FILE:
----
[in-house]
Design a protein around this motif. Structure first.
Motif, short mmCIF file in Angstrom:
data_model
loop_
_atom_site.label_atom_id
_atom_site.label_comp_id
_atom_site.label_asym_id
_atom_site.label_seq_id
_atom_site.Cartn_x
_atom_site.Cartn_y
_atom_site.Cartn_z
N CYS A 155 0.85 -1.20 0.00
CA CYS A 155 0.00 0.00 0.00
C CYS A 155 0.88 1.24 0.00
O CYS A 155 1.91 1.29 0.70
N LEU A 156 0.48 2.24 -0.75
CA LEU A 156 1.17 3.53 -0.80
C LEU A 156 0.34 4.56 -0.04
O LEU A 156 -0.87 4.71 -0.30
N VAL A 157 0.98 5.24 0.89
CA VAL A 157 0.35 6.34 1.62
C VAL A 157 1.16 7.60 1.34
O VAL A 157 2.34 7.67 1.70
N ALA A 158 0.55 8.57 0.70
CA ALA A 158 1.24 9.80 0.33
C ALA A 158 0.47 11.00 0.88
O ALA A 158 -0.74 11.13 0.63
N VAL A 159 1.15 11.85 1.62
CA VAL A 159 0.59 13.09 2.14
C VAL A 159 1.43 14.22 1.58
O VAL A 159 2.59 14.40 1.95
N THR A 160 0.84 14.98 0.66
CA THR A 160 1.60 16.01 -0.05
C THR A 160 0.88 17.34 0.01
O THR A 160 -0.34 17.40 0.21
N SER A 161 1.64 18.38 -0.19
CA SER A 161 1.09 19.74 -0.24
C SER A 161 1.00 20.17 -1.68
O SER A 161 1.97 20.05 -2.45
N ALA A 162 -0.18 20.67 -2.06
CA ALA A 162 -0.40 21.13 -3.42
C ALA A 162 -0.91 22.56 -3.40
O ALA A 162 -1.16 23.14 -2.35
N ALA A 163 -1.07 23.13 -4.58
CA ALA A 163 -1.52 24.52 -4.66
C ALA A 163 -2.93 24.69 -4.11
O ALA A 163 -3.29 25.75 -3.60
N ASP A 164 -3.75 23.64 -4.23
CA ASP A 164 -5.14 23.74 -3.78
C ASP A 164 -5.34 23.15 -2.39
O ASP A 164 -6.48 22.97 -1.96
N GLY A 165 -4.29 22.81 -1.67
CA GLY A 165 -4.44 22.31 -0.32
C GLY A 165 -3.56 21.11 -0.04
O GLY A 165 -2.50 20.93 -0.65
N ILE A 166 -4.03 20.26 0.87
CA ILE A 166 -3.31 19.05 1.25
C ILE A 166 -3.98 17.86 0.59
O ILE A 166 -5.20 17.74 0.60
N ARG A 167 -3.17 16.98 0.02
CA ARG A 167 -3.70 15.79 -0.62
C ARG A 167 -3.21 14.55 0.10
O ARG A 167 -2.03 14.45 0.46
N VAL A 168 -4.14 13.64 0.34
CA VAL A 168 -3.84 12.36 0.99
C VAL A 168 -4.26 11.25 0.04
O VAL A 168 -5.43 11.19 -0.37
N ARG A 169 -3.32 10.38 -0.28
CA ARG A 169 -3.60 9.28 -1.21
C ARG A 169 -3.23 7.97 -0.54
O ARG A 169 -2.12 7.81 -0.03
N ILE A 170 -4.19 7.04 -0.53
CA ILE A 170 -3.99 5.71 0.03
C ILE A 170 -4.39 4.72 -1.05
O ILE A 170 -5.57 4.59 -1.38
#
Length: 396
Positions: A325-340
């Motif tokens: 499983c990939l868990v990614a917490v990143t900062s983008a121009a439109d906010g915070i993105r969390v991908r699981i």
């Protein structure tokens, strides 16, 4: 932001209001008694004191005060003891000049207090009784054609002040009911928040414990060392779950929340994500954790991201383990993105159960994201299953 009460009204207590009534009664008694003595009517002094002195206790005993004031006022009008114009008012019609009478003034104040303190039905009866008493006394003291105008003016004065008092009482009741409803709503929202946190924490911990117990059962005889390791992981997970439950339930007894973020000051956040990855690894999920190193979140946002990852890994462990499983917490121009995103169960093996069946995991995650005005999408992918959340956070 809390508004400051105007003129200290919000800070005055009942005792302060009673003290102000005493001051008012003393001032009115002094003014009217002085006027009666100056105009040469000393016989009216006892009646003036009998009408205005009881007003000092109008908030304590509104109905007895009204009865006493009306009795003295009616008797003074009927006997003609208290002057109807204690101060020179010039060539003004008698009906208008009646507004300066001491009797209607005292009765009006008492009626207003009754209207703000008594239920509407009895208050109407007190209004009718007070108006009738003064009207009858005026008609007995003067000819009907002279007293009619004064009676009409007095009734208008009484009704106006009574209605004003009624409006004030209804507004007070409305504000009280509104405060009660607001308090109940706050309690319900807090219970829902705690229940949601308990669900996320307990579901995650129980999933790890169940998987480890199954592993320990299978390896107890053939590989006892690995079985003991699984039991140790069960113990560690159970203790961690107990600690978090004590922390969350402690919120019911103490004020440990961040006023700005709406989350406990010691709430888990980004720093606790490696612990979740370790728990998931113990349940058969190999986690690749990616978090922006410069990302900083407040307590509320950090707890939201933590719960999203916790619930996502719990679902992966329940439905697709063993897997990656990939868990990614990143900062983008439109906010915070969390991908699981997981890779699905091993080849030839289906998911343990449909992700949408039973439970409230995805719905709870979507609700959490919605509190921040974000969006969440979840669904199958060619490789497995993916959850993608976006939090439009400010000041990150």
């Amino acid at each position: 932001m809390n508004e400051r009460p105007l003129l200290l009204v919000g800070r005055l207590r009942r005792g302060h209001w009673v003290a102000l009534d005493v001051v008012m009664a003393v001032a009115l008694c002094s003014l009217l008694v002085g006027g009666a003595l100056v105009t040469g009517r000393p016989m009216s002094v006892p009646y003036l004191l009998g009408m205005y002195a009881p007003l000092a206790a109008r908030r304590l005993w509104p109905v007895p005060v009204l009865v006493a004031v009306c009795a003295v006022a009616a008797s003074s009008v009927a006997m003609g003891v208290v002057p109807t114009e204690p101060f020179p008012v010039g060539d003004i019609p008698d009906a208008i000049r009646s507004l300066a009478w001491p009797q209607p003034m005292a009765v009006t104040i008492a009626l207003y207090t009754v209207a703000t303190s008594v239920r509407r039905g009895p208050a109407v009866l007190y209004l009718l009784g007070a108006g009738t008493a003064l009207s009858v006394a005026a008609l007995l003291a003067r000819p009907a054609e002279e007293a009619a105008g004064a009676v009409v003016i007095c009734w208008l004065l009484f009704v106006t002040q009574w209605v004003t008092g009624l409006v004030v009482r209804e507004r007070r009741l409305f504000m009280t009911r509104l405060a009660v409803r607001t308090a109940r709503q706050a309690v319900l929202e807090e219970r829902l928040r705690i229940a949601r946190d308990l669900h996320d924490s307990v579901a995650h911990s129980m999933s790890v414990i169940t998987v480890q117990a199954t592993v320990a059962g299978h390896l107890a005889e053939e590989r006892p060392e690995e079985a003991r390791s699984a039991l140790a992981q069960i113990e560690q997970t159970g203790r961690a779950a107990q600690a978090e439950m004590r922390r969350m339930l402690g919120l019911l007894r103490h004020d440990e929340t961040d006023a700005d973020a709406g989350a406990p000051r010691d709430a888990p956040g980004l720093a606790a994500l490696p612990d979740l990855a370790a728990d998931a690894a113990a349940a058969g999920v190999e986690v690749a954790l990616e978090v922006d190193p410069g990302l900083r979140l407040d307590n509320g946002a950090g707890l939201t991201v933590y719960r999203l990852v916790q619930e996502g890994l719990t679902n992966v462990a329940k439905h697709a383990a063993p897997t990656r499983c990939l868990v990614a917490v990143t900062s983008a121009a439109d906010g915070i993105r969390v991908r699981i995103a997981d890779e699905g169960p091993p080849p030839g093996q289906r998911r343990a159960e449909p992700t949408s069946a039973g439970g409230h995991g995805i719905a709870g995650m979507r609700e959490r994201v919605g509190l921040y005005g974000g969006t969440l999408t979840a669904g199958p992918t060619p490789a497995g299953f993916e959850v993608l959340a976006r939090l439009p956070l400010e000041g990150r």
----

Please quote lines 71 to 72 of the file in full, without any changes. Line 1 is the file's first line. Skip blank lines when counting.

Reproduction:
C ARG A 169 -3.23 7.97 -0.54
O ARG A 169 -2.12 7.81 -0.03